The script was gathering heat; financing and pre-production was a very positive experience. “It was the fastest-filling script in prospectus history under the 10BA – it filled in a week and a half, $3 million, BANG!”. Talent, too, was attracted to this wildly-anarchic vision. “I had the best production designer in the business, (Graham) 'Grace' Walker, coming off Dead Calm, who'd read the script and gone 'I'm going to do this, it's a killer film'. We had Joe Pickering, who would do Wildside and Underbelly, a terrific DOP.” Keady recalls a heartening sense of unity during the film's production. “I had the greatest crew, all in love with the script and that's what independent filmmaking is all about – everybody has to have the same vision.”

The film was pushing technical boundaries. “It was the first time digital sound had ever been used on a film in Australia,” Keady recalls. “Then it was struck to an optical print, and (post-house) Colorfilm couldn't even do that; we had to invent that.” Early in the shoot, distributor interest was enormous. “There was a groundswell amongst Hoyts, Village Roadshow and Greater Union all vying for Sons of Steel; they came to the set, trying to negotiate the rights with (producer) James (Vernon) and I.”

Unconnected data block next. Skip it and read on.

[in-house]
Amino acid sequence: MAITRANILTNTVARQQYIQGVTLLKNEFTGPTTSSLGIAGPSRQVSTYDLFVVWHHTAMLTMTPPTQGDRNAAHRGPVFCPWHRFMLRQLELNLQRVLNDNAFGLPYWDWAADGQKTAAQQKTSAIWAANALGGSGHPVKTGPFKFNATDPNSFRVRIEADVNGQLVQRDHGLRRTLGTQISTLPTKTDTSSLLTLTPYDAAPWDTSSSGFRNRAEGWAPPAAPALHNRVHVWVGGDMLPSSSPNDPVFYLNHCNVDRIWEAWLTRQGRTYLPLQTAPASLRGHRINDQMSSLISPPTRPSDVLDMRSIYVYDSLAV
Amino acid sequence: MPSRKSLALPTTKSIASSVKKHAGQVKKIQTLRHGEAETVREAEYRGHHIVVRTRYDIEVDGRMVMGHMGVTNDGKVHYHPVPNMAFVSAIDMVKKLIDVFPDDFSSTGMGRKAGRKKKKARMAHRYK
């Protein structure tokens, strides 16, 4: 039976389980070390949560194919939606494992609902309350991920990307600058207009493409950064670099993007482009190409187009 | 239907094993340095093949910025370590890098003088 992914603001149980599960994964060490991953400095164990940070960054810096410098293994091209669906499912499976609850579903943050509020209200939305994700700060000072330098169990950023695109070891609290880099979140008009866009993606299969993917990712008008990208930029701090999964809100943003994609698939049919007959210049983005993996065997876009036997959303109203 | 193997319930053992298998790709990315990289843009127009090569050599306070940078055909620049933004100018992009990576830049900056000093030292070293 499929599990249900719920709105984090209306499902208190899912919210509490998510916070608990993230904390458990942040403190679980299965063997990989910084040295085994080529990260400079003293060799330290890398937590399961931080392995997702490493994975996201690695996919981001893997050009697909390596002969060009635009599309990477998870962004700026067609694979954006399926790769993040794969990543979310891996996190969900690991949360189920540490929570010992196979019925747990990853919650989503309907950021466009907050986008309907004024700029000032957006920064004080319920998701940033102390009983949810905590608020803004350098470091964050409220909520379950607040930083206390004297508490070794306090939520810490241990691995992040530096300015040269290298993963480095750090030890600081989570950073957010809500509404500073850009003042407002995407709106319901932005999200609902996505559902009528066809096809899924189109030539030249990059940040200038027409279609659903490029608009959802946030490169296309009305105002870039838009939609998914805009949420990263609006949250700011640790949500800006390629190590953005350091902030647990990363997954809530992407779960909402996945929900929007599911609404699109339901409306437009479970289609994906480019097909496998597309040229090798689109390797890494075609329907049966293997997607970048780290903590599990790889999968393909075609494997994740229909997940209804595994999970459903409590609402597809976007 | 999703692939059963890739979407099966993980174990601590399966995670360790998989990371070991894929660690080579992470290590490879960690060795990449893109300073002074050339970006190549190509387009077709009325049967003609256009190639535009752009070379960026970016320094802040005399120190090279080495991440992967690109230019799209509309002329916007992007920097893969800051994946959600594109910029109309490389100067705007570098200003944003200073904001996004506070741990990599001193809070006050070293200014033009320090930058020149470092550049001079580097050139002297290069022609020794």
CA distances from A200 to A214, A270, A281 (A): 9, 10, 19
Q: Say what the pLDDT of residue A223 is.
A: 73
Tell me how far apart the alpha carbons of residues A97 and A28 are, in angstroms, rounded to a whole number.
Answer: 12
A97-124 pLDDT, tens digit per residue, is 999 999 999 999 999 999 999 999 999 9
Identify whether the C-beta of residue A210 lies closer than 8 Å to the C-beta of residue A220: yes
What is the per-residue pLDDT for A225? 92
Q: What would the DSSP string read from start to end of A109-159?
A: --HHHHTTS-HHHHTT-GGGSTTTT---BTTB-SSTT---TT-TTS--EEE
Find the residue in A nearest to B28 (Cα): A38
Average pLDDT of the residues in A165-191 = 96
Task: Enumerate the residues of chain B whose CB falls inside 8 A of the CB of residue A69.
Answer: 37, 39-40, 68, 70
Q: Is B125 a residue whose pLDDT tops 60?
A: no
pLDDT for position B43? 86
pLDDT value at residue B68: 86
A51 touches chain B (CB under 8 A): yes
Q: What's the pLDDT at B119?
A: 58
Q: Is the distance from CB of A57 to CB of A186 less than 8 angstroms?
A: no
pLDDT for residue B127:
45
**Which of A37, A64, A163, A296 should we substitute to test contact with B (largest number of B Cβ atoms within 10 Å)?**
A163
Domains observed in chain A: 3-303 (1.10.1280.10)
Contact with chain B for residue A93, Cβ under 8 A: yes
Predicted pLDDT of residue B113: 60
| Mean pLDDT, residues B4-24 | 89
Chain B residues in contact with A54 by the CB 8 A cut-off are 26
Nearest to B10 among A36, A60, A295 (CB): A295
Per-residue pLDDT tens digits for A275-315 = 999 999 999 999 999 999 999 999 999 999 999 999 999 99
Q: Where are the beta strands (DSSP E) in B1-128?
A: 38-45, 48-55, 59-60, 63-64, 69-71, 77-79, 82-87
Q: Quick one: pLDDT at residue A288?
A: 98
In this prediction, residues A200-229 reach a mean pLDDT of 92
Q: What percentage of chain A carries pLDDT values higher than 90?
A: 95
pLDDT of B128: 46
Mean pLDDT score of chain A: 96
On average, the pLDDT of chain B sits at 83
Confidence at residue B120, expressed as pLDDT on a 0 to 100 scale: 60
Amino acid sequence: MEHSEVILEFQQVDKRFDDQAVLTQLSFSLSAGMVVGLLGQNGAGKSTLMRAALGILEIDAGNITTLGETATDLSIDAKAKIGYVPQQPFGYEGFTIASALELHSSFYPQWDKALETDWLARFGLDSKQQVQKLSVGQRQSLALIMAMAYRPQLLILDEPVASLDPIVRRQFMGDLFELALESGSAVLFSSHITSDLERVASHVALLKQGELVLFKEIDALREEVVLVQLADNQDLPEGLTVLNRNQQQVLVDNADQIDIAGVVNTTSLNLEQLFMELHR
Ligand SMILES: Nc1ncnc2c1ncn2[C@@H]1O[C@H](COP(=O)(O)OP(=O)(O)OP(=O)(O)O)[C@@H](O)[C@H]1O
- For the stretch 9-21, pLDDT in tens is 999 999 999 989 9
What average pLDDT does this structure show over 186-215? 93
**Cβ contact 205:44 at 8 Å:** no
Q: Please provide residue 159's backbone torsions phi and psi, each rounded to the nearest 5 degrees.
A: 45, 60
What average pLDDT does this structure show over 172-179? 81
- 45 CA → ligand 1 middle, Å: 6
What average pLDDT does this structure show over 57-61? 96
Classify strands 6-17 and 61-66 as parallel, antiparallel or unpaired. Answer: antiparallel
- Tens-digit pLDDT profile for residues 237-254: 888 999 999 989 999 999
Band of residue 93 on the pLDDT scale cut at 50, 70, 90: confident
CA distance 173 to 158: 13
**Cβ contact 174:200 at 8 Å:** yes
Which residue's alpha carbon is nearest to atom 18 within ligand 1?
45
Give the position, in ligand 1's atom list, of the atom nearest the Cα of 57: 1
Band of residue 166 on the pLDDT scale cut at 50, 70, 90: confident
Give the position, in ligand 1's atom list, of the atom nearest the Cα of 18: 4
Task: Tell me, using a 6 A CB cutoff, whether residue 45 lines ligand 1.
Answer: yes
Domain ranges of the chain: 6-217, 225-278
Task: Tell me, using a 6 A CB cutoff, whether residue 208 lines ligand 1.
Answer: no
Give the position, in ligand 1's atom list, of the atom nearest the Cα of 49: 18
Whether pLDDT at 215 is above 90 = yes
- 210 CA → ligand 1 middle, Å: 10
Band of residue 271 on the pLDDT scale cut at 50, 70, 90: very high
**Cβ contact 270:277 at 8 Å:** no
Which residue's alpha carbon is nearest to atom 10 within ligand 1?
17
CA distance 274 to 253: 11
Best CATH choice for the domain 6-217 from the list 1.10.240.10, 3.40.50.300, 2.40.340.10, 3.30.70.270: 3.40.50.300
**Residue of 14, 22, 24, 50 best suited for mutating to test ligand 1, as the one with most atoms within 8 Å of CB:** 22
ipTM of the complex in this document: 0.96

Soon, however, circumstances began to turn against the filmmaker. “Out of the $3 million budget, I ended up with $800,000 to make the film. That's how much money went to the vultures – the bankers and lawyers and QC's. I only knew about that the day before we went to shoot.” Keady is pensive, bows and shakes his head a little. This response manifests on several occasions during the interview, as though recalling the details taps a little bit of Keady's repressed bitterness.
“Out of a 120 page script, there were only 92 pages when we finished it. Pages were ripped out every day because we couldn't shoot it.” Keady's and Vernon's desire to create a believable fantasy world in the abandoned subterranean bunkers under the streets of Sydney was backfiring on them. “Everything about the film is location – it was all nights, a frightful shoot. James was coming to me saying 'Change it, we can't shoot that'. I was sitting there crying!”

Tension developed between the talent and the technicians, too. Hartley was a volatile 5'4” personality whose body-building methods fuelled his temperament (“He jabbed himself with steroids before every shoot and he was built like a Sherman tank”). When a stuntman miscalculated a set-up involving a blank cartridge and scarred Hartley's forearm, 'Black Alice' took matters into his own hands on take 2: “I call 'action' and he looks at me and goes 'Watch this' and POW, he decks the bloke, knocks him out cold,” says Keady, with a roll of the eyes. “The crew didn't even say anything, they just walked off the shoot and it took a long time to get them back.”

The film screened at the 1989 Cannes Film Market, accompanied by full page ads in trade paper Variety and the very vocal support of David Stratton, but the distribution sector had no idea how to handle such a project. “I took the film to Melbourne to show Village Roadshow, and the wife of the boss of Village Roadshow at the time walked out in the middle of it, saying it was the biggest heap of shit she's ever seen. And I said, 'Well, you'd know!”